Amy Ware and her rescue dog Lady in the Northern Cascade mountains in this 2006 photo. - Christina Whiting

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Ware introduces a community member to a cat named Taz awaiting adoption at the Homer Animal Shelter in April. - Courtesy Photo

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Woman hopes to provide sanctuary for homeless animals

July 14th, 2017 | Christina Whiting Print this article   Email this article  

Ware forms nonprofit whose mission is to provide a safe transition for animals

Amy Ware has long dreamed of creating an animal sanctuary in her home.

"I've always wanted to have a place where animals could live out their lives in peace and get the second chance we all deserve," she said.

Ware grew up with a dog named Cosby and a stray cat she named Casey, who she took in when she was 8-years-old.

"I had both animals for over 10 years," she said. "Cosby slept with me every night."

When she moved to Homer in 2010 for a teaching job, Ware also started volunteering for the Homer Animal Shelter, which included fostering animals in her home. She also attended a conference on starting an animal sanctuary.

"I knew I wanted to go in to rescue, but did not know what that would look like," she said. "I thought I was maybe preparing to start a sanctuary or a rescue later down the road."

In 2016, Ware formed Alaska Mindful Paws, a nonprofit organization whose mission is to provide a safe transition for homeless animals, while educating the community on humane and responsible pet ownership. This past January, the City of Homer contracted Alaska Mindful Paws to manage the Homer animal shelter on a two-year contract, with Ware as manager.

It is the first time she has managed a business, worked in an animal management field or been so involved with a non-profit.

Eager to learn about shelters and how to best serve the animals and the people that come through the shelter doors, Ware has attended animal welfare conferences and visited other shelters.

"Everyone in this circle wants to help each other," she said. "We just go, go, go and do it for the animals."

Ware shares her home with two dogs - Lady, a Pit bull mix she rescued while she was living and working in St. Croix, and Starch, her boyfriend's dog.

Raised in Oregon, Ware attended a year of college and then traveled around Europe and Central America. In 2002, she joined Ameri Corps, working as a crew leader at a high school for at risk youth. During her second year with the organization, she worked as a foster parent at an orphanage in St. Croix, fostering seven children.

She worked seasonal jobs in the Grand Tetons and the Northern Cascade Mountains and with a BS in Geography and a MAT in Elementary Education and Early Childhood Development, she was eager to live where mountains were big and nature was abundant. She applied for teaching jobs in Chicago, Idaho and on Alaska's Kenai Peninsula, and moved to Homer in 2010, when she was offered a job teaching in Voznesenska, a Russian community near Homer.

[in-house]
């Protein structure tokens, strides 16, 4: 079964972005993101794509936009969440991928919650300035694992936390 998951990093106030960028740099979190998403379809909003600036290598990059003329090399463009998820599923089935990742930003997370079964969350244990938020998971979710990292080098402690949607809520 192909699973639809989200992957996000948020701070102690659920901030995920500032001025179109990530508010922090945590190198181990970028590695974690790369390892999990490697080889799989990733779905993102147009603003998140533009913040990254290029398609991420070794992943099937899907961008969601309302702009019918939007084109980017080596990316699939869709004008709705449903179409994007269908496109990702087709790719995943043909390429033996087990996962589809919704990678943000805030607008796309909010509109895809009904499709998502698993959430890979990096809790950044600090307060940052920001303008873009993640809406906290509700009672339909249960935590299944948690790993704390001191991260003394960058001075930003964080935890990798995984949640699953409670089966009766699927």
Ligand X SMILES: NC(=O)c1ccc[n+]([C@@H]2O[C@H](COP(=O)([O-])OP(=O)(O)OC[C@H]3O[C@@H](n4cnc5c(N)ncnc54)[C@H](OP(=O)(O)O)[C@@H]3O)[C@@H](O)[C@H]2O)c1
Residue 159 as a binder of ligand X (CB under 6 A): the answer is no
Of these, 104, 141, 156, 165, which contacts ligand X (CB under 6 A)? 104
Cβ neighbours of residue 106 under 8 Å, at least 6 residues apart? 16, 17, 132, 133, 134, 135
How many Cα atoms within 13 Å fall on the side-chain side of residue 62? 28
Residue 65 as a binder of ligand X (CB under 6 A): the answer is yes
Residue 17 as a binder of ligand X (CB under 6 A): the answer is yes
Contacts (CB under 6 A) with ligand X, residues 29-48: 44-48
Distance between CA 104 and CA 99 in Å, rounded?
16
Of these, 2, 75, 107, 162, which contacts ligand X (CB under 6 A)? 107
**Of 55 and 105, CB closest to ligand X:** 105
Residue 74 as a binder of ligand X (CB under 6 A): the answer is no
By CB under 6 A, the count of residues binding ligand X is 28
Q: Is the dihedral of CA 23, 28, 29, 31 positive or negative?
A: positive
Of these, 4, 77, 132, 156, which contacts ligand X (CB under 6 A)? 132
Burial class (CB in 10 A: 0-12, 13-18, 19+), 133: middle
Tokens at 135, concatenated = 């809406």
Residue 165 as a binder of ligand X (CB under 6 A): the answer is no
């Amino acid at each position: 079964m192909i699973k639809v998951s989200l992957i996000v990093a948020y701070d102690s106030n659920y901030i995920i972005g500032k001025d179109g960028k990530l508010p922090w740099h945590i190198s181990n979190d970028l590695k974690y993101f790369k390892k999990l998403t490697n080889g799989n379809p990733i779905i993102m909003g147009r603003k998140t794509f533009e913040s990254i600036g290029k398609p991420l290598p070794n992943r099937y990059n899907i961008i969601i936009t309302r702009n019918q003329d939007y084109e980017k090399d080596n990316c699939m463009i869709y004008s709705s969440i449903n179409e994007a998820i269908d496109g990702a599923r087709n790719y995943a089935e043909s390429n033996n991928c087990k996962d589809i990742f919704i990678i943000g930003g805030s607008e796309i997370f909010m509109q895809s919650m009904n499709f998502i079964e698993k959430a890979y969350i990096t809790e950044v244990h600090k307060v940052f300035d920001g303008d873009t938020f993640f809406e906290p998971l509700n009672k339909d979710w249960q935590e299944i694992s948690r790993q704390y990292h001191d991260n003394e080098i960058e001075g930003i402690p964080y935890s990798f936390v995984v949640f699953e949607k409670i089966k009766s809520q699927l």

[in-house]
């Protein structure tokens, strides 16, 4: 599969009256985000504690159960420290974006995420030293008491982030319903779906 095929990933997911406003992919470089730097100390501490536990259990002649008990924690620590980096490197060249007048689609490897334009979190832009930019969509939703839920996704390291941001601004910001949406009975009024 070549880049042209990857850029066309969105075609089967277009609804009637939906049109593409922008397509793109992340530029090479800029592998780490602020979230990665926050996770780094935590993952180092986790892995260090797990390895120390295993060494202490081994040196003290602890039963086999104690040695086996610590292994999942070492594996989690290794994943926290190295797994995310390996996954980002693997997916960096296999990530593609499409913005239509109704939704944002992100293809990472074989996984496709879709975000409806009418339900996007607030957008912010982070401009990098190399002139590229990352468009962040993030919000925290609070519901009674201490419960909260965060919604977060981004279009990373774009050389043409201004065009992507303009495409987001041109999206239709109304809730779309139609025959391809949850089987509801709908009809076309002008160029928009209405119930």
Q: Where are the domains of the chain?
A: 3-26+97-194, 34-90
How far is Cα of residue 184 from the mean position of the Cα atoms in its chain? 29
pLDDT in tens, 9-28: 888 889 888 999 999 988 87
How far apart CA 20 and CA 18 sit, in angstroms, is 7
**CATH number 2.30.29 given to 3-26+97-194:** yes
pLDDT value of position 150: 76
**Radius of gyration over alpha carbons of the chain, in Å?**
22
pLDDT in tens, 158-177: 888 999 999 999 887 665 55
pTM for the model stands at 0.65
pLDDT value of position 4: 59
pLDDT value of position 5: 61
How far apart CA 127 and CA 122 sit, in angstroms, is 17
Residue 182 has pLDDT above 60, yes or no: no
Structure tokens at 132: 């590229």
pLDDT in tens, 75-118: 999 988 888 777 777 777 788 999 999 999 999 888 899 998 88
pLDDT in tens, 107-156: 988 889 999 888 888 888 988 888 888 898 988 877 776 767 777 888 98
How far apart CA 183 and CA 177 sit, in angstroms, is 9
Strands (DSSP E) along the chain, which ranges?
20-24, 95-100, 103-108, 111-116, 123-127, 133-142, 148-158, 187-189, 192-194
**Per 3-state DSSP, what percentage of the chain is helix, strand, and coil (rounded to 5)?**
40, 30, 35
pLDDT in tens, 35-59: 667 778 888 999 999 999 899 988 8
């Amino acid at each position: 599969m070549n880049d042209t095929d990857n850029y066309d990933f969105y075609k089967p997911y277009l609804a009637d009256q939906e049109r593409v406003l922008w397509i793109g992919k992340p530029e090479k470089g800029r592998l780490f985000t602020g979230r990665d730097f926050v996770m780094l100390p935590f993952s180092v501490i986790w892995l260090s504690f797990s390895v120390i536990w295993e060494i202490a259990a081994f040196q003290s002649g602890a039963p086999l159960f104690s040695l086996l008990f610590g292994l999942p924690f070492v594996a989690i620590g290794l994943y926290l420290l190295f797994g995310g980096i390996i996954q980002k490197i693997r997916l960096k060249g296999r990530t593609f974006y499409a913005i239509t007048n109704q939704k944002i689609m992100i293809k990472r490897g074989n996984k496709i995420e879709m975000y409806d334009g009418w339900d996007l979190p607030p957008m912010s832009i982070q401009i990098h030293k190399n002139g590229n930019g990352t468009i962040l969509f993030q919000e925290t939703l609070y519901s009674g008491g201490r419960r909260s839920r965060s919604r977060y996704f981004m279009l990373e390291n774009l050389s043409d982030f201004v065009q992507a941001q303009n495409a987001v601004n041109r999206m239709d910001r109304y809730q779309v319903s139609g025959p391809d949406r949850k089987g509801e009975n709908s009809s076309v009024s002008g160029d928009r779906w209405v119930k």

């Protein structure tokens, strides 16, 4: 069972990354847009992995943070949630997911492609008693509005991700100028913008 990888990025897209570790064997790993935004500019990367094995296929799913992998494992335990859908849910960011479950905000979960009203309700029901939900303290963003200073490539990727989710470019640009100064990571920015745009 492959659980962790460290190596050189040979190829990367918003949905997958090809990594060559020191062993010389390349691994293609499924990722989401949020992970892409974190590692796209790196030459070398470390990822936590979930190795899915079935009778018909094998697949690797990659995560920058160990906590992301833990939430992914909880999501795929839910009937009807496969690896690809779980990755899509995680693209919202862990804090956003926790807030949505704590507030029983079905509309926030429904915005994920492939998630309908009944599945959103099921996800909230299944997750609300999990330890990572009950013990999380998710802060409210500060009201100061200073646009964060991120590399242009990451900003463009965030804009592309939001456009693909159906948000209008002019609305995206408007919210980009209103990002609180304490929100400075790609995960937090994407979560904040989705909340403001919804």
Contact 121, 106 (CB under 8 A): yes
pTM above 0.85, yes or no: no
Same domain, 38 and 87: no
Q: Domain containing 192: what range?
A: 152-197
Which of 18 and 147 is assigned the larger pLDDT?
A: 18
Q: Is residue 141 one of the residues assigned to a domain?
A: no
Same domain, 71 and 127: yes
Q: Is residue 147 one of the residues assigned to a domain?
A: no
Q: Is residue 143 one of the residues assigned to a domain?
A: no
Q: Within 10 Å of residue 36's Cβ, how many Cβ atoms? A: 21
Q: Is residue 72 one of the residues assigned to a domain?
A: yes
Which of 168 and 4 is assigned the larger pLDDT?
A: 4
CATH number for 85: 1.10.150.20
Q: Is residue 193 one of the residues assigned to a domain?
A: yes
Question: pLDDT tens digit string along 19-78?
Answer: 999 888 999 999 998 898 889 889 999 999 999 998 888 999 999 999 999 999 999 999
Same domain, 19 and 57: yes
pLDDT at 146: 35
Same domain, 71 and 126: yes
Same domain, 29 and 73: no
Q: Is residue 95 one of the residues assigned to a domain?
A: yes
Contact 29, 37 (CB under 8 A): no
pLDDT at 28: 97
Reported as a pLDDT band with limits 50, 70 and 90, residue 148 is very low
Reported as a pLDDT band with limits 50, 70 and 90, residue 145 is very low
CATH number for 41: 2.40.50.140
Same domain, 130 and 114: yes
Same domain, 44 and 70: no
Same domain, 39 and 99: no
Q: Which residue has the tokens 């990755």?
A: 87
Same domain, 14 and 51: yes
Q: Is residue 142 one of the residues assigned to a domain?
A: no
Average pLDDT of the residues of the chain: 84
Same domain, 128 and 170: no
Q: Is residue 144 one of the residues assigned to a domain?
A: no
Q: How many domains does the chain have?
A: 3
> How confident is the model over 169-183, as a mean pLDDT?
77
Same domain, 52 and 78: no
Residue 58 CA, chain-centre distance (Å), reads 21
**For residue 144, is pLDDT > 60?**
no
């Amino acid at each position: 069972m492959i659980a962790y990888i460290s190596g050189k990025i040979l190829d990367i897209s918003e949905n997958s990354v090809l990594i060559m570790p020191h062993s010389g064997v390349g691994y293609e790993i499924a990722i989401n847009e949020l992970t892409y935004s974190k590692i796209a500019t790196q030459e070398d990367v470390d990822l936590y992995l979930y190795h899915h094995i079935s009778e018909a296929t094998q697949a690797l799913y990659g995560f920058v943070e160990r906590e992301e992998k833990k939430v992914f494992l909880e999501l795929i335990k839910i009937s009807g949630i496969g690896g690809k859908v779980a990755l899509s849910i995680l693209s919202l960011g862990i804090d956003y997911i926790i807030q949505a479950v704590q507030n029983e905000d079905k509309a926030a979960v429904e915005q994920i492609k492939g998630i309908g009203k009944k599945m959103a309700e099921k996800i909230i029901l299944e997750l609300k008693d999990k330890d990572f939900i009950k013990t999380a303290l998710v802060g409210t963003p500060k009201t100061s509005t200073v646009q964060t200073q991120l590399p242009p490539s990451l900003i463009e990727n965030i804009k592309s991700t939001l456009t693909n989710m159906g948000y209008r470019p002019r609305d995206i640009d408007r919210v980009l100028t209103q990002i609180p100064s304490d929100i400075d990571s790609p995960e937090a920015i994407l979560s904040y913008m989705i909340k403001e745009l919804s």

Ware taught at Voznesenska, Paul Banks and substitute taught in the school district for a number of years, then quit teaching to spend her summers working on the Homer Spit and her winters traveling the United States.

Ware originally planned to be in Alaska for one year. This is her ninth summer in Homer. Ware is excited about the shelter. In her six months as manager, she and her staff and volunteers have found homes for 24 dogs, 28 cats and two Guinea pigs. She is especially eager to continue developing their foster program, encouraging community members to take cats and dogs into their homes on a short or long-term basis, until a permanent home is found.

She is also eager to provide a positive experience for both the animals and the visitors; something she knows can be a challenge.

"For years, I avoided shelters because I'd get so sad and I thought I couldn't go in because I'd want to take all the animals home," she shared.

Ware appreciates the community support.

"People love to come in and interact with the animals, and we want to encourage this, but it's important people know that the animals needs come first," she said. "Some dogs and cats get very stressed out by visitors, so daily, we manage their needs."

The shelter provides educational training to volunteers, and all animals that are adopted are up to date on vaccines and spayed/neutered, thanks to collaboration with Homer Animal Friends, another local nonprofit committed to the welfare of shelter animals.

Ware spends a lot of her time networking around the state, placing cats and dogs with other organizations in other communities, including Fairbanks, Kenai and Anchorage.

"It's one of shelter's strongest points," she said. "If we can't help the animal find a home, we find someone who can. We have been very successful at placing every healthy, adoptable animal."

Learning to balance the stress and the rewards, Ware loves her job.

"I can't imagine doing anything else right now, even though it's an emotional roller coaster," she said. "There's no black and white, every day is different, and you never know what's going to walk in the door."

As she and her team care for the animals that come through the shelter doors, Ware continues to dream of creating an animal rescue and sanctuary in her home.

"When I'm an old woman, I'll be so content," she said. "I'll be the one on the beach walking five dogs."


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